K of C refuse to allow suspension of pro gay and pro-abort members
#21
As an outsider, it seems to me the K of C has become like freemasonry in one aspect only: most members treat it as nothing more than a social club and/or aren't really involved except on paper.

Usually the best thing to do in this case is purge the rolls and mark members as "inactive" unless they attend 3 meetings or 1 event a year or such.  But, like with most organizations, it is probably difficult - not just hard, but a matter of hardship - if they were to turn away dues from inactive members.  So my guess is for pragmatic reasons they don't.

The net effect is that the unity of the group is lowered, and people who have odd ideas contrary to the organization's stance are unknowingly let in since the organization has in effect become a pyramid scheme with the inactive members' dues supporting the structure; they can't afford to purge the rolls of inactive members or dissenters.  Then the few become a problem, both internally and with regard to public opinion of the organization.

This is just speculation on my part as an outsider but based on how I've seen things go in other organizations including professional organizations, unions, etc.

To clean up the rolls, they need to be willing to take a financial hit which in actuality can end the organization altogether.

The moral of this story is:  organizations should not depend on member counts for financing their existence.

I could very well be wrong, but that's one outsider's take.
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#22
You are right Quis...it's like with our Legion post. I think we have around 50 members or so on paper but we have about 10 that show up to meetings every month. Since we are having problems paying our bills as it is, the last thing we want to do is drop people who pay their dues just because they don't come to meetings. But then again, what use are people that don't at least show up to the meetings?

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#23
(05-23-2010, 08:23 PM)QuisUtDeus Wrote: As an outsider, it seems to me the K of C has become like freemasonry in one aspect only: most members treat it as nothing more than a social club and/or aren't really involved except on paper.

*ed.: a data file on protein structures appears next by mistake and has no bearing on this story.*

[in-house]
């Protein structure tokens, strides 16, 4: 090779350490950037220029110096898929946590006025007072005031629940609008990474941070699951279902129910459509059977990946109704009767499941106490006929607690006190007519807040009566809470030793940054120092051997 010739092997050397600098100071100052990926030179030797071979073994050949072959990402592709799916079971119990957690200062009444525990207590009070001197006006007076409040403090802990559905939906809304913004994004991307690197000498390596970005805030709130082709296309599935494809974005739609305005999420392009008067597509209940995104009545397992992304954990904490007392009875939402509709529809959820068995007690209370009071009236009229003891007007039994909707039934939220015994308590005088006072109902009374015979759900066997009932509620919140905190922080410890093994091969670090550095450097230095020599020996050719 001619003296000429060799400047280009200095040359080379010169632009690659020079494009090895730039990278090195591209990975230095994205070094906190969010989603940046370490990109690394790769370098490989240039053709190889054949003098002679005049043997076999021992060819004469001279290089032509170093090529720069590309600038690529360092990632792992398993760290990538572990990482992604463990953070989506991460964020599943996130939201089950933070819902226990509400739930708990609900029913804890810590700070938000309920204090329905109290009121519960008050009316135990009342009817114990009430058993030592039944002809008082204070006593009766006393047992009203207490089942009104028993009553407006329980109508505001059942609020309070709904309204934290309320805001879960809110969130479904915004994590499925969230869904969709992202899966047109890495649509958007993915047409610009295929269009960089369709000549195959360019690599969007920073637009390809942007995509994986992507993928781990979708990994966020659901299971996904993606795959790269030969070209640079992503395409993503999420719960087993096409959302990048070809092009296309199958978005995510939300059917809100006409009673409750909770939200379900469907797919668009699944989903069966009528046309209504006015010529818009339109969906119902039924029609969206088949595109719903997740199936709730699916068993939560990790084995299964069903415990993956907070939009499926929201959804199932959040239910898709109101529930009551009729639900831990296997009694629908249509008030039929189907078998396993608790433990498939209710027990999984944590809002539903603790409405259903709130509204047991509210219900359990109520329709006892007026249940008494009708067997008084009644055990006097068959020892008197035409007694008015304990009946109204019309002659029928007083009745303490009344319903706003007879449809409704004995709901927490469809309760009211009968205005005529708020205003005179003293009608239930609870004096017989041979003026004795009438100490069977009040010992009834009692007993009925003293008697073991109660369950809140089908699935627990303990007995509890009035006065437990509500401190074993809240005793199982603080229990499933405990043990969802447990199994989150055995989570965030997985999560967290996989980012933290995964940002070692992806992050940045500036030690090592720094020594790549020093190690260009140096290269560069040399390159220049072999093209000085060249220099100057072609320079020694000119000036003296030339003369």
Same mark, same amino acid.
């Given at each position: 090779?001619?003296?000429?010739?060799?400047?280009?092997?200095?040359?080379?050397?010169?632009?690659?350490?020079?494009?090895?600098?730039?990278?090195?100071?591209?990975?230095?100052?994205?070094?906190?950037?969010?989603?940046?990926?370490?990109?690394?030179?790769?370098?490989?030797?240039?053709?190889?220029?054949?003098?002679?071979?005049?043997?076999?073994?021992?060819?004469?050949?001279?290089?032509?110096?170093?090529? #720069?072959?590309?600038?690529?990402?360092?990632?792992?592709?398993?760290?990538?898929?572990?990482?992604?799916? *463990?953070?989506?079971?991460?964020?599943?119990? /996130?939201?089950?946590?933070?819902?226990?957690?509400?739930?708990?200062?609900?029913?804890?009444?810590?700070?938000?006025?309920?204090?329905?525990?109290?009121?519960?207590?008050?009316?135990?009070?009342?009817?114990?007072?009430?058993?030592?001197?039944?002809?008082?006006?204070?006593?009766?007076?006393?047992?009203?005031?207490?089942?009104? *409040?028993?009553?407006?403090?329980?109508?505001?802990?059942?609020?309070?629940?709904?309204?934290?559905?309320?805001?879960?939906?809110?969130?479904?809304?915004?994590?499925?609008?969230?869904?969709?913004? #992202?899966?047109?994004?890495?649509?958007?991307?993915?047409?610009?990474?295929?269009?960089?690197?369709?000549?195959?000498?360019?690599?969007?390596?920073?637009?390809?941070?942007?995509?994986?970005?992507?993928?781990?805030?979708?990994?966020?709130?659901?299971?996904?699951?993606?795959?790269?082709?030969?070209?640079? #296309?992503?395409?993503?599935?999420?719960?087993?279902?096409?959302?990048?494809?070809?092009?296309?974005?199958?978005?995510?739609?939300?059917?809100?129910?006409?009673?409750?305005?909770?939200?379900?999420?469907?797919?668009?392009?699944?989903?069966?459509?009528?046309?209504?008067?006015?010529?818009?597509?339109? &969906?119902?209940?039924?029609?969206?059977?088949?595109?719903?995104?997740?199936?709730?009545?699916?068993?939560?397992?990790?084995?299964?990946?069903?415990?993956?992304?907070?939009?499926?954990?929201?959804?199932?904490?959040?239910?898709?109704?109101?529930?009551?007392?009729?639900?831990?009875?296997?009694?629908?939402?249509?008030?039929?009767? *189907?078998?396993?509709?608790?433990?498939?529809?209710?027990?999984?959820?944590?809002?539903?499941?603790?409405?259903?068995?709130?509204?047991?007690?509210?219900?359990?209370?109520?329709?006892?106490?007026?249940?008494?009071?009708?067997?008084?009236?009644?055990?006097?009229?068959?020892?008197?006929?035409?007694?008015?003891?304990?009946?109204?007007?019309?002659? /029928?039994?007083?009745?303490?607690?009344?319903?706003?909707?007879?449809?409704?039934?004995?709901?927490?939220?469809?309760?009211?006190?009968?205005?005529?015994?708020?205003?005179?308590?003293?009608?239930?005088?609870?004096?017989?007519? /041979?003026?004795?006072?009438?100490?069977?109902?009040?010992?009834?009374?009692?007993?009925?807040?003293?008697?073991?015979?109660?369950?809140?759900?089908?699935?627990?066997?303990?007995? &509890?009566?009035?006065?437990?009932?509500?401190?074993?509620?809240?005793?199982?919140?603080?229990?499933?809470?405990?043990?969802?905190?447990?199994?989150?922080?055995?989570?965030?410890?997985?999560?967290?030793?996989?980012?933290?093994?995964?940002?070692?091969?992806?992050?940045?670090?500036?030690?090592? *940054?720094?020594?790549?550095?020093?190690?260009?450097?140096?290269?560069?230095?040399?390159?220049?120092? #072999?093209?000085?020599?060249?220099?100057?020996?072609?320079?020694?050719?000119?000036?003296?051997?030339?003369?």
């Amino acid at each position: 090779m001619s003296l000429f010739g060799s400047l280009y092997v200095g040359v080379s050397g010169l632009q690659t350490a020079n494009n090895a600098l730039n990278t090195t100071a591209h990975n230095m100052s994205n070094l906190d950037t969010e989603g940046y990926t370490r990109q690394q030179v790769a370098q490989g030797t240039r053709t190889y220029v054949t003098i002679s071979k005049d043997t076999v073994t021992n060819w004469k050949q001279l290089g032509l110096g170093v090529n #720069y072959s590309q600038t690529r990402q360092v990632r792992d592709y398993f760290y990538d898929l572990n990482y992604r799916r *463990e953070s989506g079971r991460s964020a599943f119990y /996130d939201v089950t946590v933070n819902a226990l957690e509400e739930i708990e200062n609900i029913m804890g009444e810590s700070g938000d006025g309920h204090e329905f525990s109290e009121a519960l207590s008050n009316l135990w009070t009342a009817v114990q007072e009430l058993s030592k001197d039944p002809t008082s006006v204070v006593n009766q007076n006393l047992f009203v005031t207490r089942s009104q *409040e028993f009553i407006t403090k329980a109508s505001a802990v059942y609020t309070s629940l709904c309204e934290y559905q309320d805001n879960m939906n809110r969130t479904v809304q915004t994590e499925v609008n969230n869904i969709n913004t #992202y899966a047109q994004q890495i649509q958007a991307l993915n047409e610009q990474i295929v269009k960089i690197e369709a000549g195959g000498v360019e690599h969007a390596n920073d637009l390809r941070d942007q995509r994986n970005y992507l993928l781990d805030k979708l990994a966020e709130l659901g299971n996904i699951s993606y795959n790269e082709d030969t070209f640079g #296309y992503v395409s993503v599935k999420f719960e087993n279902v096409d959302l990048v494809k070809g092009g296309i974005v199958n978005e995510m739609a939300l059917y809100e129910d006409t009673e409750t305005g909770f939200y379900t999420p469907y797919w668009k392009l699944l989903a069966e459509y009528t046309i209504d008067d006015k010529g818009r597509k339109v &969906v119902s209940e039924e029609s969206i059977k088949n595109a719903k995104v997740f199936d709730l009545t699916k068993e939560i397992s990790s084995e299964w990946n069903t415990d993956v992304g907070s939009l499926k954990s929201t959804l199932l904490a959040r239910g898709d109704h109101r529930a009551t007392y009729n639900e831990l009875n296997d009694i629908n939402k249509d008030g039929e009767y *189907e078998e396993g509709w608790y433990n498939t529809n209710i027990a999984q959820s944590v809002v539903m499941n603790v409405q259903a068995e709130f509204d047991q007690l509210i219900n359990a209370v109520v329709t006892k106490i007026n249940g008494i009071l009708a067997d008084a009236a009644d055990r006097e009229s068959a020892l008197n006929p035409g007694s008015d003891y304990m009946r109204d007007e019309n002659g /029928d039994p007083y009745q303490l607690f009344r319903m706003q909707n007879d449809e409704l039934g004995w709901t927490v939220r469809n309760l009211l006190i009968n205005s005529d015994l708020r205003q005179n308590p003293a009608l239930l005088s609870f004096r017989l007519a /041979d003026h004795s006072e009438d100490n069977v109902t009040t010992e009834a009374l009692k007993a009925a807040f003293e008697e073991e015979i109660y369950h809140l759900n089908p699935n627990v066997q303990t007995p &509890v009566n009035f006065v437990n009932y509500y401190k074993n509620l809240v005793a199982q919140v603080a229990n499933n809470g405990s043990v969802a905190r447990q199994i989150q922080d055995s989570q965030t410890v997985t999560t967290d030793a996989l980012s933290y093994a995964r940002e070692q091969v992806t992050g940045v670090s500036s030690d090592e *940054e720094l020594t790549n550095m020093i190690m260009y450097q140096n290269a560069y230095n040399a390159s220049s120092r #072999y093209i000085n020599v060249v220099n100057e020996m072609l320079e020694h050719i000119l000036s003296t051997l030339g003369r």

Usually the best thing to do in this case is purge the rolls and mark members as "inactive" unless they attend 3 meetings or 1 event a year or such.  But, like with most organizations, it is probably difficult - not just hard, but a matter of hardship - if they were to turn away dues from inactive members.  So my guess is for pragmatic reasons they don't.

The net effect is that the unity of the group is lowered, and people who have odd ideas contrary to the organization's stance are unknowingly let in since the organization has in effect become a pyramid scheme with the inactive members' dues supporting the structure; they can't afford to purge the rolls of inactive members or dissenters.  Then the few become a problem, both internally and with regard to public opinion of the organization.

This is just speculation on my part as an outsider but based on how I've seen things go in other organizations including professional organizations, unions, etc.

To clean up the rolls, they need to be willing to take a financial hit which in actuality can end the organization altogether.

The moral of this story is:  organizations should not depend on member counts for financing their existence.

I could very well be wrong, but that's one outsider's take.

Actually, as I state a few posts back, my lengthier post, many member who are 'inactive' do not pay dues, I'd say almost a third. For reasons I don't understand, they are kept on the rolls.

This is bizarre because you pay a 'per capita' which is a per member fee at both the national level and the state level. The state 'per capita' here is quite high and actually means we take a brutal loss from these non-payers, yet there they are.

It's actually one of our biggest financial drains since we don't have our own hall to pay on, keep the lights on at, etc. the non-paying 'members' drain us the most.

The dues we charge barely offset the 2 per capitas, and so the paying members do not counterbalance the non-payers. I have heard from other Councils in other states this is their situation as well.
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#24
Hmm.  Maybe it's so they can give a healthy count of members?  :shrug:
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#25
(05-23-2010, 10:08 PM)QuisUtDeus Wrote: Hmm.  Maybe it's so they can give a healthy count of members?  :shrug:

Yeah, it's the only thing I can think of, but it's a lame strategy IMO.
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#26
Indeed, long gone are the days when the Knights owned Yankee Stadium.
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